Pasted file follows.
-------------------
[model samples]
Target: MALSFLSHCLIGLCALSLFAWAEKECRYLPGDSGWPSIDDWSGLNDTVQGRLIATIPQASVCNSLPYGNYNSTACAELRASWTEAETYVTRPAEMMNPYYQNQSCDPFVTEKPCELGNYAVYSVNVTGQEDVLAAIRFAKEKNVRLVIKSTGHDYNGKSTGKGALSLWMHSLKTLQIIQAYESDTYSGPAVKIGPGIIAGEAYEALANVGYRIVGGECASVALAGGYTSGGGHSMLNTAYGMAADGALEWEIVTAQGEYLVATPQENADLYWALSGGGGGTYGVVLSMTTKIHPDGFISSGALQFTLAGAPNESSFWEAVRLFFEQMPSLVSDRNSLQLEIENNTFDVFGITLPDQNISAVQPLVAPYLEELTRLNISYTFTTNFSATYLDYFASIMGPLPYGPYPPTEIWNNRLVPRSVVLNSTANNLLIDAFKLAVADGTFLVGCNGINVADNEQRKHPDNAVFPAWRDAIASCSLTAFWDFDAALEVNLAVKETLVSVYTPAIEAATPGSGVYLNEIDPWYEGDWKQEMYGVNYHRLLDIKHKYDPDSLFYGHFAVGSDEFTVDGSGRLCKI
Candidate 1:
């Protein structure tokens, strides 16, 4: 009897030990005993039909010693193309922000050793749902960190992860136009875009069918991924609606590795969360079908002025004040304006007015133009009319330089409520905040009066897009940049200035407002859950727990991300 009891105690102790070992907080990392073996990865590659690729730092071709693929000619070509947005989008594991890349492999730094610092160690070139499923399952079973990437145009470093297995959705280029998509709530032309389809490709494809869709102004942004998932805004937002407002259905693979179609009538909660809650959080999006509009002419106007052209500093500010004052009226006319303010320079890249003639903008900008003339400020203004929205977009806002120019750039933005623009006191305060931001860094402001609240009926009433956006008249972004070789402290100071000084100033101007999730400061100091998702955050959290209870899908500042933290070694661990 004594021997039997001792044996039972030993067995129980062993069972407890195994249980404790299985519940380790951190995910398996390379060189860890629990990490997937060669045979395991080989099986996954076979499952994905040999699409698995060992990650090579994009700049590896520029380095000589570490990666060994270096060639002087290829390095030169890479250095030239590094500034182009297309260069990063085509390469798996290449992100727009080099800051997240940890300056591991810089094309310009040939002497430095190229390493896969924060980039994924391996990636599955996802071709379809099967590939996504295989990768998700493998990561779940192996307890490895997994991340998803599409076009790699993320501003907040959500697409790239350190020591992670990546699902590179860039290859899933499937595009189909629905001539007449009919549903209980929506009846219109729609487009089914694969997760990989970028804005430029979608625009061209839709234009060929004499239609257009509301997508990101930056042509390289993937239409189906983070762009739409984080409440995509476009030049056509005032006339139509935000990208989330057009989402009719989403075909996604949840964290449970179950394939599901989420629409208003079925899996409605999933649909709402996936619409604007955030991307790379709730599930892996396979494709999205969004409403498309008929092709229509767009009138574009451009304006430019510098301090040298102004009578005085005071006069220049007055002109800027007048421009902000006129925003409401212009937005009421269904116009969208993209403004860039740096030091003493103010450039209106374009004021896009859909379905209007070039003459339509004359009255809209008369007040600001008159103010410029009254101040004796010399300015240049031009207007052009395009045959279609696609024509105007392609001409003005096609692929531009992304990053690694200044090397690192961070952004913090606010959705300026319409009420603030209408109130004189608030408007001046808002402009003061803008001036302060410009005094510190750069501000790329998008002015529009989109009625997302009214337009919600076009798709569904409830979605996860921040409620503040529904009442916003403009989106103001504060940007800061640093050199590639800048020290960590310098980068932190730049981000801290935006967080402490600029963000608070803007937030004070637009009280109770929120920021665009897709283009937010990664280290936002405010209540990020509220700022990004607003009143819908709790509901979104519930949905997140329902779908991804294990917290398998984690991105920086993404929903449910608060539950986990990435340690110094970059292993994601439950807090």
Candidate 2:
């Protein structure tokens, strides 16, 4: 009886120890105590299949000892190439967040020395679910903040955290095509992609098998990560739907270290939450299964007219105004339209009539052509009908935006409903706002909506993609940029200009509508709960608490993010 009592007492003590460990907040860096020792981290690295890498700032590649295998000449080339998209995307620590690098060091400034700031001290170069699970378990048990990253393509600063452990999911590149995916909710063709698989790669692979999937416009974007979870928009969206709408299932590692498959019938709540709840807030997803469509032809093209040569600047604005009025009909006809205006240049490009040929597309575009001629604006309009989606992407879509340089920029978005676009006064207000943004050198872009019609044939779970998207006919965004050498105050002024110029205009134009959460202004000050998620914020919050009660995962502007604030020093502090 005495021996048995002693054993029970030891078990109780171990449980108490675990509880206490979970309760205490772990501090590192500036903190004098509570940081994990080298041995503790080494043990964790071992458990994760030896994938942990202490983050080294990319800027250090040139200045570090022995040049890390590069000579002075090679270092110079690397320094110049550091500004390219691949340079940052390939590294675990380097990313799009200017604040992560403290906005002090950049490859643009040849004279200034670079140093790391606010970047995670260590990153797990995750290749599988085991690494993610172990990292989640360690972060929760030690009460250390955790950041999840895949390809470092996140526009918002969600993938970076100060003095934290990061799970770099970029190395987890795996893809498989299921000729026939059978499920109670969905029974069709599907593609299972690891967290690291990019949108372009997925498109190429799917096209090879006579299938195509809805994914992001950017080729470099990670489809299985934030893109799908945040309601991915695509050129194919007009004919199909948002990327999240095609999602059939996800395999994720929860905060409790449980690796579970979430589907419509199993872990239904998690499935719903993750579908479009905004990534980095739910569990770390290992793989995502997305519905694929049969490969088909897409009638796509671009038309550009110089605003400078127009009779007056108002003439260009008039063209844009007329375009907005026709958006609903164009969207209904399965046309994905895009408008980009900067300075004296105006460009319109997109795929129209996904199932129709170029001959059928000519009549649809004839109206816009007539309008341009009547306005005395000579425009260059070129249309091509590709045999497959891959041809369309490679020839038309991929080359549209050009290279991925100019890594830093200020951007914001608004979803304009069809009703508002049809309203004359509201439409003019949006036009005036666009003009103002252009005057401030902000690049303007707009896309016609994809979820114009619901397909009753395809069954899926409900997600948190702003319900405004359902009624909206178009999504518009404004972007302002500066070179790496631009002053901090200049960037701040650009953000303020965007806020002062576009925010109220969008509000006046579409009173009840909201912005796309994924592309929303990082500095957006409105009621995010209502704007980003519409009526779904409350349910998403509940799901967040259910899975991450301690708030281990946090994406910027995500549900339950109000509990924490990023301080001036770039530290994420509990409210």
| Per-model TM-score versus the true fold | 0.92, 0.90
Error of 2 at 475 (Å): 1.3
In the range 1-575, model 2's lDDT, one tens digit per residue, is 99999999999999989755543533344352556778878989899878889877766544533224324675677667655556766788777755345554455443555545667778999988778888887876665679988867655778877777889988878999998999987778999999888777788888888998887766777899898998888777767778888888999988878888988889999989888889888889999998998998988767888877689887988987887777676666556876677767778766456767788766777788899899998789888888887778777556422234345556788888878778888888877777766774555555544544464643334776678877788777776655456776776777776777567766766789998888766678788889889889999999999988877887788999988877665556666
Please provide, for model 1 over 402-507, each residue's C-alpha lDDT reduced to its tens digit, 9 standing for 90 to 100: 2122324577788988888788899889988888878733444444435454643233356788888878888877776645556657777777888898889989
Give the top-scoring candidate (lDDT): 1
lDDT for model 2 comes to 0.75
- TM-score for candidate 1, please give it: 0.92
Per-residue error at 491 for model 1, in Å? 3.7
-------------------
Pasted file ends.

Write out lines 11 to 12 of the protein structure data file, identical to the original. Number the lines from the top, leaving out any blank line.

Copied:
Give the top-scoring candidate (lDDT): 1
lDDT for model 2 comes to 0.75